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post #1 of 8 (permalink) Old 03-17-09, 04:29 PM Thread Starter
Painting Munky style!
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Default My first use of MIG powders

Hi people I thought id post up a step by step look at my first use of Mig weathering powders, i bought the rust and smoke set which includres the following:
Industrial city dirt p039,
Vietnam earth p031,
Standard rust p025,
Light rust p024,
Black smoke p023,
Ashes white p022,

I used p039, p025-p023 for this test.

First a suitable bit of vehicle was found in the bits box and undercoated with my custom Spacewolf grey and tin bits.

Then some shading was done with fenris grey and watered down Badab black wash, then spacewolf grey was lightly brushed on the edges for a highlight and the metal was drybrushed boltgun metal and finally mithril silver.

Chardon granite was dabbed on with a small piece of sponge as a chipped paint effect on the corners and worn out bits.

Then a few chips of metal were painted on with boltgun metal.

And finally I applied the various rust powders with a small brush, a word of caution a little powder goes along way believe me. The powder was poked and brushed about to give the effect seen here I also used some black smoke on the metal grill for a burnt look.

What do you all think? anything you would change? I am all new to this so any advice for the future would be greatly appreciated.

Cheers munky
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post #2 of 8 (permalink) Old 03-17-09, 07:34 PM
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My only suggestion would be maybe not as much powder, especially the orange. However this is not saying its bad, just a bit too whethered for my tastes, but if thats the look you're going for, stick with it, its looking good.

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post #3 of 8 (permalink) Old 03-17-09, 08:22 PM
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i think it looks good but less is definetly more with the orange one.
kinda looks like some1 attacked it with a pack of whatsists/cheetoes/cheese puffs

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post #4 of 8 (permalink) Old 03-17-09, 10:14 PM
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With migs and weathering, less is definately more! i've used these pigments fairly regularly in my modelling and I know a few tricks to use with them. One thing for sure is the mixability of the MIGS. Take some smoke and dab it around where the exhaust is. Also watch how you handle the model, and don't use them on actual game pieces. Reason being is they actually take your fingerprints and you'll have a big fingerprint smudge wrecking your hard work! Rust is always over done and is done so on your model to be honest. If you dab the smke around the rusty areas it'll tone it down. Be prepared if you dull coat your model to lose all you've done. It tends to disolve with the flat coat. One trick with them is to thin it down with some paint thinner, the Testors variety in the smaller glass jars work well. It'll become a wash and dry chunky, this will create a texture for the rust and such. That seems to be something that is lacking when people weather their vechiles... texture is important to realism, which is what I think you're going for, especially if you've sprung for MIG's. Good luck with them, they really are awesome!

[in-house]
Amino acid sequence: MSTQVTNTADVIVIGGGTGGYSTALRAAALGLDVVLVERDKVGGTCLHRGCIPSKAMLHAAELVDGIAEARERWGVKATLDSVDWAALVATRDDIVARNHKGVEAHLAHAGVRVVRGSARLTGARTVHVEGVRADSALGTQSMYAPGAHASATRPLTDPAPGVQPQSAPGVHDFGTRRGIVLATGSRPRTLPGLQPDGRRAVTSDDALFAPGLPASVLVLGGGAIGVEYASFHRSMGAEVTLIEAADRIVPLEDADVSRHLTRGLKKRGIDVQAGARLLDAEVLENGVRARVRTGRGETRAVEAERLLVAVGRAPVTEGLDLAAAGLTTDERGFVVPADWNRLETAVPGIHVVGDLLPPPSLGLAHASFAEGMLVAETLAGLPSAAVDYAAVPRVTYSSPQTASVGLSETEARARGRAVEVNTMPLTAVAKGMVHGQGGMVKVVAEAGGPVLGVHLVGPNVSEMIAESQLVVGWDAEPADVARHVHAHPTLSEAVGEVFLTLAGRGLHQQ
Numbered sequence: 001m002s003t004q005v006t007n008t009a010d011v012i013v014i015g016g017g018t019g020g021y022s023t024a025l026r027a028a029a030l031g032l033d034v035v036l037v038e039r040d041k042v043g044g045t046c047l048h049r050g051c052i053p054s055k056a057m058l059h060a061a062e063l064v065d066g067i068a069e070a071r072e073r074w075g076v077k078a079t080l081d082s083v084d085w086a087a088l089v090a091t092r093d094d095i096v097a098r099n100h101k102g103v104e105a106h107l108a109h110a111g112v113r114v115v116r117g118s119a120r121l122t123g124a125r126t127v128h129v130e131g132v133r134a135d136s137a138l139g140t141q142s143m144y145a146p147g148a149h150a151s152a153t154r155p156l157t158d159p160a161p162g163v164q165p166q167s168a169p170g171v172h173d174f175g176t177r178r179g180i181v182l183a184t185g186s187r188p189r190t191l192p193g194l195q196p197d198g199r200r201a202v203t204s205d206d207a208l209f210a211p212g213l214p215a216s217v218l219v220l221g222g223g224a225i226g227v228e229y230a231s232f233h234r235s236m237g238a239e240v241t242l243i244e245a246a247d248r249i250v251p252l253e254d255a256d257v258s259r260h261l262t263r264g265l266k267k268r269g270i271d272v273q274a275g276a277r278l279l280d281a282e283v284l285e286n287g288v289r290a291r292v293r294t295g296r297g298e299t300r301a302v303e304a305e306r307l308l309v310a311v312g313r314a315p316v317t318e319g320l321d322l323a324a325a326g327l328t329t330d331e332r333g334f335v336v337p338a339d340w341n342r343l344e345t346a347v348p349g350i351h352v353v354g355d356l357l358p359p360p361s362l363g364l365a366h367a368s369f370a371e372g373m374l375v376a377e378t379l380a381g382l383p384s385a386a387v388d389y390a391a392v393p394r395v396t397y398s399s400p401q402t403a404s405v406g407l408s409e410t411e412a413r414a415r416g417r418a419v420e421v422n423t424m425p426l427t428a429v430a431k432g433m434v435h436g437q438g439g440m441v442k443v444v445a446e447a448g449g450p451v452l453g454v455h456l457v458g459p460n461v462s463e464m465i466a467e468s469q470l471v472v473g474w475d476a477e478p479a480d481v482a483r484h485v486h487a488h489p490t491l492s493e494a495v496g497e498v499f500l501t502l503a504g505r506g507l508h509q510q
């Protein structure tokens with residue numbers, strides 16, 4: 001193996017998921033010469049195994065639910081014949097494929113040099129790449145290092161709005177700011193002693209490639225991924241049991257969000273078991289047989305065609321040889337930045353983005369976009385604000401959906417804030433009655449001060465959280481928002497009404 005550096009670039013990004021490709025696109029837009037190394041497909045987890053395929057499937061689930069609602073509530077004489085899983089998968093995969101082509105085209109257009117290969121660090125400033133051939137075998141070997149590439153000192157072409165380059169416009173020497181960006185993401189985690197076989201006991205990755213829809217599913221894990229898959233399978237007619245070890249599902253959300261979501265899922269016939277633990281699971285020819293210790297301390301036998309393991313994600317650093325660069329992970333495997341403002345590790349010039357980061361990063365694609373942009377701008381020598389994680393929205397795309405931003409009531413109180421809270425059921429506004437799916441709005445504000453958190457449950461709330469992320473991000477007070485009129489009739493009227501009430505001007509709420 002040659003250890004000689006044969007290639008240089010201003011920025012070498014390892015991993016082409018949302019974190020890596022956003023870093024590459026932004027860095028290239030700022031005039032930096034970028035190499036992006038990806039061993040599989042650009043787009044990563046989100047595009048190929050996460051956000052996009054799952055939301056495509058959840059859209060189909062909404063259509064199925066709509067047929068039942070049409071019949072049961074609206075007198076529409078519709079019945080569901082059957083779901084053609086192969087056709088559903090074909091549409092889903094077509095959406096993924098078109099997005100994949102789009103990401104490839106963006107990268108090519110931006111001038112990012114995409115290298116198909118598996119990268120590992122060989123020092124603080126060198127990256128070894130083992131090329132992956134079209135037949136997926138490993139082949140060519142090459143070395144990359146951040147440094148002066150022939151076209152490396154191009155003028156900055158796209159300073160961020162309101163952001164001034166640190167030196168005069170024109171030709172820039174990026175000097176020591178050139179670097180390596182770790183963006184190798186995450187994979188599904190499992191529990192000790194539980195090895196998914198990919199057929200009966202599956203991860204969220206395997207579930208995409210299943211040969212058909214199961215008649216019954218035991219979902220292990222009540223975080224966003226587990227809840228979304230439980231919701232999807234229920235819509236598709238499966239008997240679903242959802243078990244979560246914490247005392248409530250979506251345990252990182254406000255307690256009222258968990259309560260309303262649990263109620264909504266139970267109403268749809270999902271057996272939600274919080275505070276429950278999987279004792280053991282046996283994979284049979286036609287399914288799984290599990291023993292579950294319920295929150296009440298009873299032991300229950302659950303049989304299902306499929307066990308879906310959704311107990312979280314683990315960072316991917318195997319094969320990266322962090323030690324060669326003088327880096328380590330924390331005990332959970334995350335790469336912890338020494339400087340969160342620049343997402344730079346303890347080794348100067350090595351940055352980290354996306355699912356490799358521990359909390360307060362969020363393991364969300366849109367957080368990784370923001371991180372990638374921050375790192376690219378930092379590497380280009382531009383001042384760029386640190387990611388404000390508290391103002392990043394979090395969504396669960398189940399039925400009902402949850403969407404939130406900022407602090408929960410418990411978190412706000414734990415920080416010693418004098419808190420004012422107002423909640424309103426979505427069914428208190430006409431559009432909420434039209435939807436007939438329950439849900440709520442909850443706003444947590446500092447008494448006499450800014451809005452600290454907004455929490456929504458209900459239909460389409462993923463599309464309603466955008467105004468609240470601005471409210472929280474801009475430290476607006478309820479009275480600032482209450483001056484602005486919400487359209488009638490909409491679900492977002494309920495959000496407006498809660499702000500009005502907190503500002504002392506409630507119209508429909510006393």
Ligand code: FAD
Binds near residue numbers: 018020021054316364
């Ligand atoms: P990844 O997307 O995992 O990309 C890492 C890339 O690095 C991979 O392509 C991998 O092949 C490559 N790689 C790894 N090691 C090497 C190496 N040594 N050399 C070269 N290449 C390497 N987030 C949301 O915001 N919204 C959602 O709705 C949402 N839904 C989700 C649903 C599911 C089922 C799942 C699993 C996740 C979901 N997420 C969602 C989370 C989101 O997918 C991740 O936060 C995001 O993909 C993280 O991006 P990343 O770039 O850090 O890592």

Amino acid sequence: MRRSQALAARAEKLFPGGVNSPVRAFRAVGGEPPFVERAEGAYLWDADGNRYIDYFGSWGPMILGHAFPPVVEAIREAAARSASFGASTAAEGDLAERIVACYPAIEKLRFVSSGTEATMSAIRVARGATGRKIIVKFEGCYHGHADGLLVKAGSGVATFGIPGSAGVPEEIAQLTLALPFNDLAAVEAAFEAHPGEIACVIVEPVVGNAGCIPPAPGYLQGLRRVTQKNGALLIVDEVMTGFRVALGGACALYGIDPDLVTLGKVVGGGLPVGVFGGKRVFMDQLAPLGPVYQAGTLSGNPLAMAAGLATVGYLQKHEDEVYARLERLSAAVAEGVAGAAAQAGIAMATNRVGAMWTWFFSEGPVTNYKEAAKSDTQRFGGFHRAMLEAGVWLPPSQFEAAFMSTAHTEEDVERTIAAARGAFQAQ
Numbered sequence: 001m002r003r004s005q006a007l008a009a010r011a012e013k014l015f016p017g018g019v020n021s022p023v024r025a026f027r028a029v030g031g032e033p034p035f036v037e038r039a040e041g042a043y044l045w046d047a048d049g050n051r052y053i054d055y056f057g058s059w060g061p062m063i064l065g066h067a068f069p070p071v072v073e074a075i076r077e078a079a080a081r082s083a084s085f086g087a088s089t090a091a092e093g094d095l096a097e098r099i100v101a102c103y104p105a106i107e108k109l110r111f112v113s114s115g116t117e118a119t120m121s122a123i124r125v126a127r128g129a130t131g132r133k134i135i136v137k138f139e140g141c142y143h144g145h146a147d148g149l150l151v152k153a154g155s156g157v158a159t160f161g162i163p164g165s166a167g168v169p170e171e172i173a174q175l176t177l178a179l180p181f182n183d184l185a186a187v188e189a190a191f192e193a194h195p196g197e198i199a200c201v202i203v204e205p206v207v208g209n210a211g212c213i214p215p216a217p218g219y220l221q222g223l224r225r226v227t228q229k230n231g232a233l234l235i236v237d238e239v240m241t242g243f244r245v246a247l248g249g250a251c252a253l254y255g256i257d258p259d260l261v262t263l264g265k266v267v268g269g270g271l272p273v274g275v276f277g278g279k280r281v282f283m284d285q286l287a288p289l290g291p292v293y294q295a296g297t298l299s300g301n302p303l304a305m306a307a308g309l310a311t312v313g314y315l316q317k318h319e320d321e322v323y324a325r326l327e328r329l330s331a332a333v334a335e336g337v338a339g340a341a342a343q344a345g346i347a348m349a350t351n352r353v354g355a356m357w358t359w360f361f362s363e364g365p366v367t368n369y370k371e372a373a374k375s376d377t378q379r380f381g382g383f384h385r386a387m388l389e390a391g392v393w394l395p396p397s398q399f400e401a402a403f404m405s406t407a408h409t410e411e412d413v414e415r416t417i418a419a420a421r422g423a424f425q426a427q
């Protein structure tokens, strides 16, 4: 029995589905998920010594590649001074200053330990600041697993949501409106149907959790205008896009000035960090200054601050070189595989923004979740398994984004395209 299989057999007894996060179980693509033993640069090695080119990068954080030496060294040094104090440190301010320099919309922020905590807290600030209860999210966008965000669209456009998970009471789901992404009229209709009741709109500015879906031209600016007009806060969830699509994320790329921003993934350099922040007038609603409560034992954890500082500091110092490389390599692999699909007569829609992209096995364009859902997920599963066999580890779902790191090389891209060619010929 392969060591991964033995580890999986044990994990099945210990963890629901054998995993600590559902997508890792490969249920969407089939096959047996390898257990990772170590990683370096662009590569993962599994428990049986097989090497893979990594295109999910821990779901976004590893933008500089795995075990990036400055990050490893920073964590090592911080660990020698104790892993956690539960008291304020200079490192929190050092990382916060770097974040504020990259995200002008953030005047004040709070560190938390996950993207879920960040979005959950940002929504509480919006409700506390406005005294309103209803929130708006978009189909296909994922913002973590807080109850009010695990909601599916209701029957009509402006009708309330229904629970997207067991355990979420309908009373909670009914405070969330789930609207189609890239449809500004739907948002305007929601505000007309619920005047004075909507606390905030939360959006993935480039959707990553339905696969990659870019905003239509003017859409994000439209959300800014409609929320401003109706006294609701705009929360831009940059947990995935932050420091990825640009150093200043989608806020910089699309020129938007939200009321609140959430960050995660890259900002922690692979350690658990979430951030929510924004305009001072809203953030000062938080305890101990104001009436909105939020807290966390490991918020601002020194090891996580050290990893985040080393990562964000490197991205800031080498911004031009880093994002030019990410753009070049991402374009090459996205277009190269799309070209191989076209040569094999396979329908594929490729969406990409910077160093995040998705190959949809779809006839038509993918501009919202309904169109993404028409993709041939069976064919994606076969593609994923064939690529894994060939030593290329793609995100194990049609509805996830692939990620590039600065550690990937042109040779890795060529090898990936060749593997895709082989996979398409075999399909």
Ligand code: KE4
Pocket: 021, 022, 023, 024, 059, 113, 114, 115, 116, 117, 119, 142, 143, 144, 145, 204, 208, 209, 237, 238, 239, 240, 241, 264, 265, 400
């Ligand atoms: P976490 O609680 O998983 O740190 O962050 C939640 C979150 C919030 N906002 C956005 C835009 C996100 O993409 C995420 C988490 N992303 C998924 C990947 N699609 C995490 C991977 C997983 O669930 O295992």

OHHH and don't use them on metalics because they really only effectively stick to flat paints...

Last edited by HorusReborn; 03-17-09 at 10:17 PM.
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post #5 of 8 (permalink) Old 03-18-09, 12:41 AM Thread Starter
Painting Munky style!
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Thanks for the comments guys, all taken on board
I will try and use a lot less next time and work from some reference pictures rather than guesswork.
I will have to see what happens after varnish it will be a shame if varnish ruins it
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post #6 of 8 (permalink) Old 03-18-09, 06:47 AM
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I wouldn't use the orange on space wolves. But the step before that looked alright.
Quite impressed by these actually.

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post #7 of 8 (permalink) Old 03-18-09, 02:41 PM
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I have a bit of MIG pigments, but i have no idea how to use them. Some u apply as the powder and some with turpentine. Is there a site with techniques on how to use them?

I like the paint chipping technique, It looks good on light colours but what colours should i use on black and a dark red?

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post #8 of 8 (permalink) Old 03-19-09, 05:30 PM Thread Starter
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I tried some purity seal on em with a coat of humbrol matt varnish to take the shine off and it made the powders darker and more like a wash than the gritty "powdery" texture before.
That said you could apply a little powder after the varnish to bring out detail, that way you get protection and a cool looking model?
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